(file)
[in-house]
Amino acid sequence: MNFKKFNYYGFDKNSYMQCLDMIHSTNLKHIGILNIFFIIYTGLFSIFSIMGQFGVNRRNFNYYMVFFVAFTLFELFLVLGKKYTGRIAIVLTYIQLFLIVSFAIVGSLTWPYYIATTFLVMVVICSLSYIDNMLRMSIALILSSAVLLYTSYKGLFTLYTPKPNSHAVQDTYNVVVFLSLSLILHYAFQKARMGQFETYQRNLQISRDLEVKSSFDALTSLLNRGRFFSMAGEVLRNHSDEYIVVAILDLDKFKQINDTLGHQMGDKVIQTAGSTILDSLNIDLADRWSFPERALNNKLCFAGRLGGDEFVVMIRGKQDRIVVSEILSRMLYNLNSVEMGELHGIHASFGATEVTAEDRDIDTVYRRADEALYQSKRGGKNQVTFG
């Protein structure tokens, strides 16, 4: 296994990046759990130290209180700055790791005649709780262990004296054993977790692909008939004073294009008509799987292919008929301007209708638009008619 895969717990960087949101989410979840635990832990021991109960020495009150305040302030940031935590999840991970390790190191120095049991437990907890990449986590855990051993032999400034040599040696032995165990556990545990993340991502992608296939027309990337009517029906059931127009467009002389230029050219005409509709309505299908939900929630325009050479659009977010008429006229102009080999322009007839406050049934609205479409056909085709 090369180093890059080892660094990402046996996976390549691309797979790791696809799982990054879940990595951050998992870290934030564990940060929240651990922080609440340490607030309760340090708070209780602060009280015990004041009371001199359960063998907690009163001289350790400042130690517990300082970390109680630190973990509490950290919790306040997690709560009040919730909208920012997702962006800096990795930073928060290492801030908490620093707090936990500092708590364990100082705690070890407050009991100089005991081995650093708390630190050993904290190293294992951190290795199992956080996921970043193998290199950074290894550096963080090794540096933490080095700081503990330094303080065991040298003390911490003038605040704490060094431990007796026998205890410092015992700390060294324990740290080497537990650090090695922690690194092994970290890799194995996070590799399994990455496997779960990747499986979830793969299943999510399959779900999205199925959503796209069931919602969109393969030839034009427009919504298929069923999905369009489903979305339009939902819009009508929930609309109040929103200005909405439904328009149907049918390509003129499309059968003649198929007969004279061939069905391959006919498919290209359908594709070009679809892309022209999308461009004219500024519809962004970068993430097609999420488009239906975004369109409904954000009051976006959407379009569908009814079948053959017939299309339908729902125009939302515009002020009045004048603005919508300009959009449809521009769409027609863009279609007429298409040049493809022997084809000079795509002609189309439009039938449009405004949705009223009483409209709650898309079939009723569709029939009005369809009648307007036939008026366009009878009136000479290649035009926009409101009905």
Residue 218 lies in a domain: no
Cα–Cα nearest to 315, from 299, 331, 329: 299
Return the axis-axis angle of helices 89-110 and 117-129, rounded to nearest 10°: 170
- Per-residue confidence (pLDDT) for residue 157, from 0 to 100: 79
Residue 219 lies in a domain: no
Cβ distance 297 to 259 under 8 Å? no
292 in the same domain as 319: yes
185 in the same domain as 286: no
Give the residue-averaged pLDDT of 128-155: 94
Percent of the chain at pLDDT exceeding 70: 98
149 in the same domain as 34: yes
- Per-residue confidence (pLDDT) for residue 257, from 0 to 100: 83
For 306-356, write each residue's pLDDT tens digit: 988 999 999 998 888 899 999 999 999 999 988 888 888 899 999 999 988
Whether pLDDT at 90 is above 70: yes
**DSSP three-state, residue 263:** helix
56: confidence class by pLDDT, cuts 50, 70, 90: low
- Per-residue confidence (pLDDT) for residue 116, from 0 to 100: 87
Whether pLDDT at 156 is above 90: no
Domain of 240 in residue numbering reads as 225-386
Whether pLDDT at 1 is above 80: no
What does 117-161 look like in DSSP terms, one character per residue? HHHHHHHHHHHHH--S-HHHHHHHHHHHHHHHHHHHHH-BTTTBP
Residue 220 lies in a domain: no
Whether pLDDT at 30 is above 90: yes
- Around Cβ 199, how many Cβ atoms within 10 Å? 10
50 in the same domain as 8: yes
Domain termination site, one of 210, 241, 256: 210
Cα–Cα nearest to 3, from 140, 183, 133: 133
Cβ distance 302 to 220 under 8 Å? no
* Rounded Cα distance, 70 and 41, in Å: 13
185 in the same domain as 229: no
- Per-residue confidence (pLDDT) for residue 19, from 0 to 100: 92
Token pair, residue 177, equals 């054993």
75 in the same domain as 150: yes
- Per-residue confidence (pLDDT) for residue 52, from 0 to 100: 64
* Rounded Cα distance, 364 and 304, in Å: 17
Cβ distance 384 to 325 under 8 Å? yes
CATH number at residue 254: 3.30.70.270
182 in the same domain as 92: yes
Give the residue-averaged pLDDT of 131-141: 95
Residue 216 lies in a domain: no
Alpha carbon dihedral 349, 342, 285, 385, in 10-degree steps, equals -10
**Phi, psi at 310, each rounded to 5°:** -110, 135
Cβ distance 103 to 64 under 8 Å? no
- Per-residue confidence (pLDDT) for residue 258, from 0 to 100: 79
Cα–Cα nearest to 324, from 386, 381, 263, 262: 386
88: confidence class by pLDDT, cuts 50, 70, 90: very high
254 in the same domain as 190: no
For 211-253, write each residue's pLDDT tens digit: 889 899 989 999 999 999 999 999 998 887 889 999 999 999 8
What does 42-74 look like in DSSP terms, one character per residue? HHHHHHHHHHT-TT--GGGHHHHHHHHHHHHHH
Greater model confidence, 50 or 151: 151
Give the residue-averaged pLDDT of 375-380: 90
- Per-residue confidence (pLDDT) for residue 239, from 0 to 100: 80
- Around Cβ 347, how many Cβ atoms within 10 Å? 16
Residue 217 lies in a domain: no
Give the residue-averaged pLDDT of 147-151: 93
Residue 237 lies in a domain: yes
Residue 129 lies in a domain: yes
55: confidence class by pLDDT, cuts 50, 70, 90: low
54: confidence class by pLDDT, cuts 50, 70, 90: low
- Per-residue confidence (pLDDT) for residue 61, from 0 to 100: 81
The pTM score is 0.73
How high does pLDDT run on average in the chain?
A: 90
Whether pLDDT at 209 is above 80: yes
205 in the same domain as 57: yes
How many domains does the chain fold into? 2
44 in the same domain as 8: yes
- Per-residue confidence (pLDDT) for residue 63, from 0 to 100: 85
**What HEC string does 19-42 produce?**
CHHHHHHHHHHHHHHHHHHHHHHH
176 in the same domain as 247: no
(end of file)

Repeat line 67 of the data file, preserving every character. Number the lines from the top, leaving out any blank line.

Whether pLDDT at 209 is above 80: yes